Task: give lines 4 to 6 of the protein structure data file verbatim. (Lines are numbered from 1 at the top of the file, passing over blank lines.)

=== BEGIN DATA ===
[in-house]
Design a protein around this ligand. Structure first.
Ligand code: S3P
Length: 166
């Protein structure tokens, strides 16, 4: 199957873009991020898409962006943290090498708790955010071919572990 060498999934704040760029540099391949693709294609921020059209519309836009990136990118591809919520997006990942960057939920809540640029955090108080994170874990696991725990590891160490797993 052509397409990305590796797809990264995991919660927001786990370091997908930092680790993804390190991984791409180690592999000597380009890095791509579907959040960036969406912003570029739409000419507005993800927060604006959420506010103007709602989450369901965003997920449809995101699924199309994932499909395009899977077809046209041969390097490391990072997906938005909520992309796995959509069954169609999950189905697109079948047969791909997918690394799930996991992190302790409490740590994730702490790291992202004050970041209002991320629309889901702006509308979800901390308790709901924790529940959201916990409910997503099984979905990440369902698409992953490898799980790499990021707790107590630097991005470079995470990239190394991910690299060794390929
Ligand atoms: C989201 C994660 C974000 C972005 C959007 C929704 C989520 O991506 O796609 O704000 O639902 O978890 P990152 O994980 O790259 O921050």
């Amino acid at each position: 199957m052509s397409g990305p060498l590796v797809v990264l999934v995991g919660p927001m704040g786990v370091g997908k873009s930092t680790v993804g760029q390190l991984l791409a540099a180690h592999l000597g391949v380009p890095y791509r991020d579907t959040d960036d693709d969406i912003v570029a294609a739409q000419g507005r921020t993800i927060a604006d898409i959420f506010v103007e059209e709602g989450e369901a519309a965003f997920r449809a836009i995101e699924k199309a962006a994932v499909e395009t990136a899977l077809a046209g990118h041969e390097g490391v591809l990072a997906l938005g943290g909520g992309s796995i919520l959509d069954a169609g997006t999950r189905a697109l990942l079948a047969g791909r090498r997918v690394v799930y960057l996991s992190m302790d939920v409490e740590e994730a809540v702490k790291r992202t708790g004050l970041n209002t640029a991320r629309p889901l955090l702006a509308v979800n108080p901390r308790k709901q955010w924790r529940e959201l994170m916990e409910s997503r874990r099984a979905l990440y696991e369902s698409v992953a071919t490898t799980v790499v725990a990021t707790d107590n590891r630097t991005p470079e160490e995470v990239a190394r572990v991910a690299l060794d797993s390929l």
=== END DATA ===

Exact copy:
Length: 166
């Protein structure tokens, strides 16, 4: 199957873009991020898409962006943290090498708790955010071919572990 060498999934704040760029540099391949693709294609921020059209519309836009990136990118591809919520997006990942960057939920809540640029955090108080994170874990696991725990590891160490797993 052509397409990305590796797809990264995991919660927001786990370091997908930092680790993804390190991984791409180690592999000597380009890095791509579907959040960036969406912003570029739409000419507005993800927060604006959420506010103007709602989450369901965003997920449809995101699924199309994932499909395009899977077809046209041969390097490391990072997906938005909520992309796995959509069954169609999950189905697109079948047969791909997918690394799930996991992190302790409490740590994730702490790291992202004050970041209002991320629309889901702006509308979800901390308790709901924790529940959201916990409910997503099984979905990440369902698409992953490898799980790499990021707790107590630097991005470079995470990239190394991910690299060794390929
Ligand atoms: C989201 C994660 C974000 C972005 C959007 C929704 C989520 O991506 O796609 O704000 O639902 O978890 P990152 O994980 O790259 O921050």